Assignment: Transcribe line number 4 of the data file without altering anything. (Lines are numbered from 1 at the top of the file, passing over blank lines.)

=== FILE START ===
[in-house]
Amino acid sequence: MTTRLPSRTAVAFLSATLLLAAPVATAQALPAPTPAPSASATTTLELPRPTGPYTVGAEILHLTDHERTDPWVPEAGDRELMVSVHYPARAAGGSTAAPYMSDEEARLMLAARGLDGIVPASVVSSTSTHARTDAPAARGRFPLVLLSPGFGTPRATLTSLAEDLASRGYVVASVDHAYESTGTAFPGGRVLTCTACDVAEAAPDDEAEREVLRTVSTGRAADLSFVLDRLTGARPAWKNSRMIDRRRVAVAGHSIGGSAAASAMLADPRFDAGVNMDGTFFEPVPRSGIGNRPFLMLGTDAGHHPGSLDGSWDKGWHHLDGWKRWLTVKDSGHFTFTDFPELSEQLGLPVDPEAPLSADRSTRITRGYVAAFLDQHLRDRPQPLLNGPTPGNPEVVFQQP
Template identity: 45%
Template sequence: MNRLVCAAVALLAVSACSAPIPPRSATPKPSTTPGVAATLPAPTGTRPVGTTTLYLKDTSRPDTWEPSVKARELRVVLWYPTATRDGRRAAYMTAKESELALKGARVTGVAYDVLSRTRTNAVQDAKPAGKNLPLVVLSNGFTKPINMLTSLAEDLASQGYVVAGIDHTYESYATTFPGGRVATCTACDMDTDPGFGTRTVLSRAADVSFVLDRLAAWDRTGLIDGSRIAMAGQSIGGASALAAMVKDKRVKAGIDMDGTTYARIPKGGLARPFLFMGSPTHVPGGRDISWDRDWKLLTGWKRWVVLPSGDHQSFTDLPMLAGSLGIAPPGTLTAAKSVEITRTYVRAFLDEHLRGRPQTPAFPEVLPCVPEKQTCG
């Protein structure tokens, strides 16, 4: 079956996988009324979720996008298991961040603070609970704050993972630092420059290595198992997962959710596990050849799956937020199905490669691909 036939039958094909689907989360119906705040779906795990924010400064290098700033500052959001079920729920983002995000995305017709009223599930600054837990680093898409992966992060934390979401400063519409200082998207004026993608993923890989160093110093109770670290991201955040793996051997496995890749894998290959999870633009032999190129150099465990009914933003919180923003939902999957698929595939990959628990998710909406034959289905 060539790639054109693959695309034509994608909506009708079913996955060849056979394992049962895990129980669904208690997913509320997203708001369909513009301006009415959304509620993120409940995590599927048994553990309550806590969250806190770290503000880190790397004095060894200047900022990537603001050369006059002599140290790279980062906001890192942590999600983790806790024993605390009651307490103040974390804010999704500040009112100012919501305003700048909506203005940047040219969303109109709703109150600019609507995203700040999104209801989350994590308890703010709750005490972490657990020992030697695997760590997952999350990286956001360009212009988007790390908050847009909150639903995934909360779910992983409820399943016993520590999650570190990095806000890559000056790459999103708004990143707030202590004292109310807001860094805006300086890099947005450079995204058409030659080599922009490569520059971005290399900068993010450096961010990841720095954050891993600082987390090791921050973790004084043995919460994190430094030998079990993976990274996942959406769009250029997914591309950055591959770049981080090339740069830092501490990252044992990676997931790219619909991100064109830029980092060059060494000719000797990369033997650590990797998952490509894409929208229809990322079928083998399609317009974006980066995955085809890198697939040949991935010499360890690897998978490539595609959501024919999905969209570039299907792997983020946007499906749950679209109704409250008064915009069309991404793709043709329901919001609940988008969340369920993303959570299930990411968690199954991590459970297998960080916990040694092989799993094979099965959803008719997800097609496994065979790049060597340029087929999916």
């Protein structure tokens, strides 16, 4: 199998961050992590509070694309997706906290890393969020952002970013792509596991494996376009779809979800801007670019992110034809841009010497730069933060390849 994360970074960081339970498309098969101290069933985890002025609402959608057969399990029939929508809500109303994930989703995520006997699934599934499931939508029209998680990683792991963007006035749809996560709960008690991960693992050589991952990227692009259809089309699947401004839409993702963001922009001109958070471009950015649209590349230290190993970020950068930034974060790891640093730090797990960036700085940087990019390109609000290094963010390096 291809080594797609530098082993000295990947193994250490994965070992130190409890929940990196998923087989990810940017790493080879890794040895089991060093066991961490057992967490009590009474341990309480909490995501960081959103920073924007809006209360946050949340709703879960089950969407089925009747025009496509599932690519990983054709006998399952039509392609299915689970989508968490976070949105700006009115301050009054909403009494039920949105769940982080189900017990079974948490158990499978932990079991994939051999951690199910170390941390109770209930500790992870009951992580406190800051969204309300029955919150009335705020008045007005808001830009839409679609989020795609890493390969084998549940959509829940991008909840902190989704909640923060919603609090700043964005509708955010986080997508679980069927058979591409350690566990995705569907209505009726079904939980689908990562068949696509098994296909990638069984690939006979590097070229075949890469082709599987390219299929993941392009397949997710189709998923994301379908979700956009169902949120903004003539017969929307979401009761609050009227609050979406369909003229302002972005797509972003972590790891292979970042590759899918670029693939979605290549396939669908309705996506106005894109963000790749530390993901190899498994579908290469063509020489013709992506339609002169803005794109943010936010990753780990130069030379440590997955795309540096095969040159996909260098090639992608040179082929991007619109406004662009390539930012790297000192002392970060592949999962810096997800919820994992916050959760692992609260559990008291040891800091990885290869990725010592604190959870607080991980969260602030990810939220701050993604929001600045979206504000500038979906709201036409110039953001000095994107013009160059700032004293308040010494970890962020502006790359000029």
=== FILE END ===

Template sequence: MNRLVCAAVALLAVSACSAPIPPRSATPKPSTTPGVAATLPAPTGTRPVGTTTLYLKDTSRPDTWEPSVKARELRVVLWYPTATRDGRRAAYMTAKESELALKGARVTGVAYDVLSRTRTNAVQDAKPAGKNLPLVVLSNGFTKPINMLTSLAEDLASQGYVVAGIDHTYESYATTFPGGRVATCTACDMDTDPGFGTRTVLSRAADVSFVLDRLAAWDRTGLIDGSRIAMAGQSIGGASALAAMVKDKRVKAGIDMDGTTYARIPKGGLARPFLFMGSPTHVPGGRDISWDRDWKLLTGWKRWVVLPSGDHQSFTDLPMLAGSLGIAPPGTLTAAKSVEITRTYVRAFLDEHLRGRPQTPAFPEVLPCVPEKQTCG